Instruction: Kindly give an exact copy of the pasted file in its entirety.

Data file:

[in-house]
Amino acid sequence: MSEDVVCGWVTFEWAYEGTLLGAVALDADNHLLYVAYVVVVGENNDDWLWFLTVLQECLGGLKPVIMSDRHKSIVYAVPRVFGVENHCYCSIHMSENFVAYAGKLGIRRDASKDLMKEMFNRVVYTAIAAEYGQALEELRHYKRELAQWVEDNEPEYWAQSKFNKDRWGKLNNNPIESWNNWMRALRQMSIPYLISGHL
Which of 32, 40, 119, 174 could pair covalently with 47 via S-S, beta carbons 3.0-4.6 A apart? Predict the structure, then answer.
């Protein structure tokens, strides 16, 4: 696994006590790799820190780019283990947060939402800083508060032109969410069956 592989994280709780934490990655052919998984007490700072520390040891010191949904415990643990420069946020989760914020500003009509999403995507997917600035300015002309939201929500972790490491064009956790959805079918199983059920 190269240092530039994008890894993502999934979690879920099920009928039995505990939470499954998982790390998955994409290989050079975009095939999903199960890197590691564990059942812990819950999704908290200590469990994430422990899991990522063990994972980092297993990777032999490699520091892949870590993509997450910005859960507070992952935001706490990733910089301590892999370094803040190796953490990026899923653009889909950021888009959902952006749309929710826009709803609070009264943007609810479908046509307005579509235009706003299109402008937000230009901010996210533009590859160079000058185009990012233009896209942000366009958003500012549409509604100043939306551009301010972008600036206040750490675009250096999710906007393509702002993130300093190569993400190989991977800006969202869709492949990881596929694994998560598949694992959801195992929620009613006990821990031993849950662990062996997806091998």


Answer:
[in-house]
Amino acid sequence: MSEDVVCGWVTFEWAYEGTLLGAVALDADNHLLYVAYVVVVGENNDDWLWFLTVLQECLGGLKPVIMSDRHKSIVYAVPRVFGVENHCYCSIHMSENFVAYAGKLGIRRDASKDLMKEMFNRVVYTAIAAEYGQALEELRHYKRELAQWVEDNEPEYWAQSKFNKDRWGKLNNNPIESWNNWMRALRQMSIPYLISGHL
Which of 32, 40, 119, 174 could pair covalently with 47 via S-S, beta carbons 3.0-4.6 A apart? Predict the structure, then answer.
């Protein structure tokens, strides 16, 4: 696994006590790799820190780019283990947060939402800083508060032109969410069956 592989994280709780934490990655052919998984007490700072520390040891010191949904415990643990420069946020989760914020500003009509999403995507997917600035300015002309939201929500972790490491064009956790959805079918199983059920 190269240092530039994008890894993502999934979690879920099920009928039995505990939470499954998982790390998955994409290989050079975009095939999903199960890197590691564990059942812990819950999704908290200590469990994430422990899991990522063990994972980092297993990777032999490699520091892949870590993509997450910005859960507070992952935001706490990733910089301590892999370094803040190796953490990026899923653009889909950021888009959902952006749309929710826009709803609070009264943007609810479908046509307005579509235009706003299109402008937000230009901010996210533009590859160079000058185009990012233009896209942000366009958003500012549409509604100043939306551009301010972008600036206040750490675009250096999710906007393509702002993130300093190569993400190989991977800006969202869709492949990881596929694994998560598949694992959801195992929620009613006990821990031993849950662990062996997806091998």